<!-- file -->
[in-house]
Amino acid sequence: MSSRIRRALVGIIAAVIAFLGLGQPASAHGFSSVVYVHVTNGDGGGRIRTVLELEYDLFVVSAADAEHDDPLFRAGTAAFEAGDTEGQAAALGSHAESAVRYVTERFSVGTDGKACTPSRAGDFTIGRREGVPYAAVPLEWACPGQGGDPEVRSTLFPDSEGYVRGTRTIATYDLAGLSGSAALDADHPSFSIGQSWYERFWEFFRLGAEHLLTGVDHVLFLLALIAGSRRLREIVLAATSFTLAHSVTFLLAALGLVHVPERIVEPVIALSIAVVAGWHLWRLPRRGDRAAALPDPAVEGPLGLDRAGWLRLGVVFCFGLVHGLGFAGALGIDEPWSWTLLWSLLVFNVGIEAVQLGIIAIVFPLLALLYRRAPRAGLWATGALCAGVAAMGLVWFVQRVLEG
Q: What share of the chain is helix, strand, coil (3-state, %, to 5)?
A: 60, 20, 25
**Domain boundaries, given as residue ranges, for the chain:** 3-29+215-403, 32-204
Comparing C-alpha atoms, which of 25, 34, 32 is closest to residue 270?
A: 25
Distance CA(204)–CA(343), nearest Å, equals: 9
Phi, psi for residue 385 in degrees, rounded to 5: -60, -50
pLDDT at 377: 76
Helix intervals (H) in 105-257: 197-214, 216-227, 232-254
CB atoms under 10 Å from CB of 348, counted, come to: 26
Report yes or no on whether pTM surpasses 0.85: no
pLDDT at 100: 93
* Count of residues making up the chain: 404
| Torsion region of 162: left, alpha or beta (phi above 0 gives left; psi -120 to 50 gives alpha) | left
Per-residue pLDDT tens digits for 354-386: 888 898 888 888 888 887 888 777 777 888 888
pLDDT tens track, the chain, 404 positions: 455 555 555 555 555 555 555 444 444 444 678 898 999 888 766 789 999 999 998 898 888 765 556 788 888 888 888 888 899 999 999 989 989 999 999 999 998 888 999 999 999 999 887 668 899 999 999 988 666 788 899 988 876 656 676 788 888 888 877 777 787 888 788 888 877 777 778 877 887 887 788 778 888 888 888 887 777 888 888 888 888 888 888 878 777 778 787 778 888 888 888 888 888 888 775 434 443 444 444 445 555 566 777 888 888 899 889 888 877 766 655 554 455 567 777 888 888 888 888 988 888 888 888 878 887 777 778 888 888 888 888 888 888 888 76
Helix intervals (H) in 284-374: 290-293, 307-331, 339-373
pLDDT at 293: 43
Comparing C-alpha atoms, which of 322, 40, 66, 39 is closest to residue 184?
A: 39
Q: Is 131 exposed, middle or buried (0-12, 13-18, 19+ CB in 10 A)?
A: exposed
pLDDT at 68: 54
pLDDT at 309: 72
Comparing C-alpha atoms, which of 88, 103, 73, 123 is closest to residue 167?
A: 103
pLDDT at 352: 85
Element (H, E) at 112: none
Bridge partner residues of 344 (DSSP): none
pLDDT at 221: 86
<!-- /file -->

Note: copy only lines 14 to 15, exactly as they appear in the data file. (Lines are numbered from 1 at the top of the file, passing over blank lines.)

pLDDT at 100: 93
* Count of residues making up the chain: 404